Have you ever thought about why our hair turns gray as we age? Melanin is the pigment that determines hair color, in addition to eye color and skin tone. Gray hair is a sign of reduced melanin, while white hair completely lacks it.
Usually by our 40s, or perhaps earlier for some, there is a gradual decline in number of stem cells that mature to become melanin-producing cells. Genetics is a factor, but the cells could also become damaged. Our skin and eyes also lose pigmentation with age as well, but not as noticeably as hair.
Could there be other factors that affect the graying of hair? Researchers believe so. Studies show that damaging chemicals from smoking, stress, and inflammation destroy melanin-producing cells.1,2 One study even finds that smokers went gray three years earlier than non-smokers on average.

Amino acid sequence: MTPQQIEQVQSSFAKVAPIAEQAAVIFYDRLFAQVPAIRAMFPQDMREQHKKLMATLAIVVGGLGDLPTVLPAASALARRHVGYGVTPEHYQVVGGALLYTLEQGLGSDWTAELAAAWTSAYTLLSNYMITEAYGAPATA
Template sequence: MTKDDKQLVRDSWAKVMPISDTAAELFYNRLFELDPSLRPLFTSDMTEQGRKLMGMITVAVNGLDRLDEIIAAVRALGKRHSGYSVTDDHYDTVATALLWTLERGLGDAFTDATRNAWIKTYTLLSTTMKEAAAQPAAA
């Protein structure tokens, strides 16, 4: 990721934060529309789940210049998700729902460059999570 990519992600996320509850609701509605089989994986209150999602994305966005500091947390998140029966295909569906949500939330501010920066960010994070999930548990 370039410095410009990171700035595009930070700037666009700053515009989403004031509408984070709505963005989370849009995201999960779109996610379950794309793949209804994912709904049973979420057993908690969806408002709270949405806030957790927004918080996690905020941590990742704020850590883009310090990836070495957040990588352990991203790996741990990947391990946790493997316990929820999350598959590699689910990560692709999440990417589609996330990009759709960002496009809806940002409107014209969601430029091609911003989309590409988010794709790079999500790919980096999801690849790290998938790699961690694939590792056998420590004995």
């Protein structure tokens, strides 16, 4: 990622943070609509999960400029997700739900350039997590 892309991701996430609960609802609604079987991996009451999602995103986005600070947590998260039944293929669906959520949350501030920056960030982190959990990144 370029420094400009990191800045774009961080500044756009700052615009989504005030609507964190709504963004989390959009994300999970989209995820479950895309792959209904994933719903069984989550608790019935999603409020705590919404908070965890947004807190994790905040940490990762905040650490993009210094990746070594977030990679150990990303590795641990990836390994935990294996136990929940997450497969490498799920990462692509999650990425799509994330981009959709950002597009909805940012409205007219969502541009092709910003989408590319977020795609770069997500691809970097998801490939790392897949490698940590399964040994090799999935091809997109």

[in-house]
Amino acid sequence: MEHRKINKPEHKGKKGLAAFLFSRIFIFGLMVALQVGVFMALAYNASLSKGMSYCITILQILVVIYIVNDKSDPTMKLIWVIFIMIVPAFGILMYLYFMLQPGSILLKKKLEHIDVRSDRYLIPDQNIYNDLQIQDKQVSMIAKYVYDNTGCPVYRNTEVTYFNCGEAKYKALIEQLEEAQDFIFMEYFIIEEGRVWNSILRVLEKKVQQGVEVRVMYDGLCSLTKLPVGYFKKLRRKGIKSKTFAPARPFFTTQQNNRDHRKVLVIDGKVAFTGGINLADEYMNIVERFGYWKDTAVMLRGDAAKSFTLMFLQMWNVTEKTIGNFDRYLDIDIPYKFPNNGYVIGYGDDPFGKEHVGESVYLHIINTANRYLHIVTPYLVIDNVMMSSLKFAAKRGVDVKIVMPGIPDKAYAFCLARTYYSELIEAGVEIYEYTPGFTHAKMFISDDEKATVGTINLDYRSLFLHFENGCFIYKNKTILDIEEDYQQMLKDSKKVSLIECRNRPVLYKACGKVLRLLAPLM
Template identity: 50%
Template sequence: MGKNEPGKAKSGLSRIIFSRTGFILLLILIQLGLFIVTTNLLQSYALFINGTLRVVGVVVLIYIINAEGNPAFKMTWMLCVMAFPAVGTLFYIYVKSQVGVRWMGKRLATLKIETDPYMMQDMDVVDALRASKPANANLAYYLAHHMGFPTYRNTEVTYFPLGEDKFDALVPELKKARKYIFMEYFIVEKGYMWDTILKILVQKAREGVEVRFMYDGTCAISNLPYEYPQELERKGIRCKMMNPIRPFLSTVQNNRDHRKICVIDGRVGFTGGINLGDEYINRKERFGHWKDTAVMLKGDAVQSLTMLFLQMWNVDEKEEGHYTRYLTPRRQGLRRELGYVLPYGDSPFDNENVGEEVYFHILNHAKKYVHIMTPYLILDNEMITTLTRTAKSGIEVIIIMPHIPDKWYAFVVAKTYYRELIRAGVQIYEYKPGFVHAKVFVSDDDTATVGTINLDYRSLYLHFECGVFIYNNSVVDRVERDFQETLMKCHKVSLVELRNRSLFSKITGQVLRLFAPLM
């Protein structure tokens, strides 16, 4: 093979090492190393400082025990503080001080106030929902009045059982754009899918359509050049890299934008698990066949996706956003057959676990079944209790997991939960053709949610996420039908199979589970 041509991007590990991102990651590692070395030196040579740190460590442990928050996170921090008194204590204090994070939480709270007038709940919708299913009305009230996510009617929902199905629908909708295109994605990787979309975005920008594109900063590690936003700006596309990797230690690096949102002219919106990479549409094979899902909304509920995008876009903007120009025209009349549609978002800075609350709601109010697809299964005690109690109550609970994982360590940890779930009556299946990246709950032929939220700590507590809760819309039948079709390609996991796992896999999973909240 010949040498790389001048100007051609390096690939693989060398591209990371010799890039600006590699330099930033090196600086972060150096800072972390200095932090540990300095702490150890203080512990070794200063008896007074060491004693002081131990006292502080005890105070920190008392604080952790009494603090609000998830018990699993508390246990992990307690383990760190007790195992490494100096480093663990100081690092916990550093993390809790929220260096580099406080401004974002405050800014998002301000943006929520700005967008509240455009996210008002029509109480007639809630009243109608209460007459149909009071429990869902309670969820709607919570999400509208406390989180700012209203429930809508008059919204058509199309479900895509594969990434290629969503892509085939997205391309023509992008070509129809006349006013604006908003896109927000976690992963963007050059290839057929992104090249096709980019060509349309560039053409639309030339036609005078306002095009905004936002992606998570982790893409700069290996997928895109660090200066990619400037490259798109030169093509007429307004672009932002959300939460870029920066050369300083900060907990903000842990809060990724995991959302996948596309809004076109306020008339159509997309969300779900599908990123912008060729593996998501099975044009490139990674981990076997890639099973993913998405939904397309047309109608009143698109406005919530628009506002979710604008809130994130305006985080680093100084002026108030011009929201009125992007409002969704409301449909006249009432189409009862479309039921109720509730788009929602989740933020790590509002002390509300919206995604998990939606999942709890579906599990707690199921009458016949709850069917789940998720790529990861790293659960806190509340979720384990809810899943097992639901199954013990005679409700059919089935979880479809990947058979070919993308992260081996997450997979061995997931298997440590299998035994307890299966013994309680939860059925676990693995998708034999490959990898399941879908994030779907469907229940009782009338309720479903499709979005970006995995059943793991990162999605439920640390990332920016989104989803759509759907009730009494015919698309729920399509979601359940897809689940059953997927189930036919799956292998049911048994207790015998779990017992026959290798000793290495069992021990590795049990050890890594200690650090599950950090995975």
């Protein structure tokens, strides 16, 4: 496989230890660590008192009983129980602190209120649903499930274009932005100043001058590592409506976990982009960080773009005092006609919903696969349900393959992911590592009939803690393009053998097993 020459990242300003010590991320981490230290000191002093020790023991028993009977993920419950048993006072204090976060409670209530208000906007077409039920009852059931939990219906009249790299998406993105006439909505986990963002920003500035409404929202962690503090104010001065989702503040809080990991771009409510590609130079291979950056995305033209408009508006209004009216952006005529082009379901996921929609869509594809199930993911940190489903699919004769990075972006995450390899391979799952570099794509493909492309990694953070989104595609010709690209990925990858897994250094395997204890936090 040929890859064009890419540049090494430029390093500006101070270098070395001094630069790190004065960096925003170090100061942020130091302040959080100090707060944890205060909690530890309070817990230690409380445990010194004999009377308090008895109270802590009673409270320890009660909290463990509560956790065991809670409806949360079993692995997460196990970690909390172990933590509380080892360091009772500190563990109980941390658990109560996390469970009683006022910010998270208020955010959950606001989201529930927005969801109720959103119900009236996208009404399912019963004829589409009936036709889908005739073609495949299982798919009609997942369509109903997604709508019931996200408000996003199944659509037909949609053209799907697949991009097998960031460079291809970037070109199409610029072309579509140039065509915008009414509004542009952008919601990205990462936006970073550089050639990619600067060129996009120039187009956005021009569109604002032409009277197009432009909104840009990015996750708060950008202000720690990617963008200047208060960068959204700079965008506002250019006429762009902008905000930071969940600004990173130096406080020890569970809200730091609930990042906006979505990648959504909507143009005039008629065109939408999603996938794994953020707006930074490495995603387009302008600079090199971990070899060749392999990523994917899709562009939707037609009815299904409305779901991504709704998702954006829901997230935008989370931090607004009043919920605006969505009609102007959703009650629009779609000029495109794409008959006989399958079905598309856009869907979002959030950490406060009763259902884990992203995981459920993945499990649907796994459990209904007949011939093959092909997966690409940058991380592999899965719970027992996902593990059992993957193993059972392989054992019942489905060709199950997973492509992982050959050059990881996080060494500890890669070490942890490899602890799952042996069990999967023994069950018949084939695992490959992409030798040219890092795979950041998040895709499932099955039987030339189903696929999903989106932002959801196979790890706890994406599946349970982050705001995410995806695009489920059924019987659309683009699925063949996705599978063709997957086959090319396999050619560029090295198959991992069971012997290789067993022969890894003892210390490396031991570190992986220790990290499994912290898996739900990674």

While there is nothing that can prevent hair from graying eventually, approximately 60% of adult men and women in western culture dye their hair. Are you one of them?
- Arck P, Overall R, Spatz K, et al. Towards a “free radical theory of graying”: melanocyte apoptosis in the aging human hair follicle is an indicator of oxidative stress induced tissue damage. The FASEB Journal, 20 (9): 1567-1569.
- Zayed A, Shahait A, Ayoub M, Yousef A. Smokers’ hair: Does smoking cause premature hair graying? Indian Dermatol Online J, 2013; 4 (2): 90-92.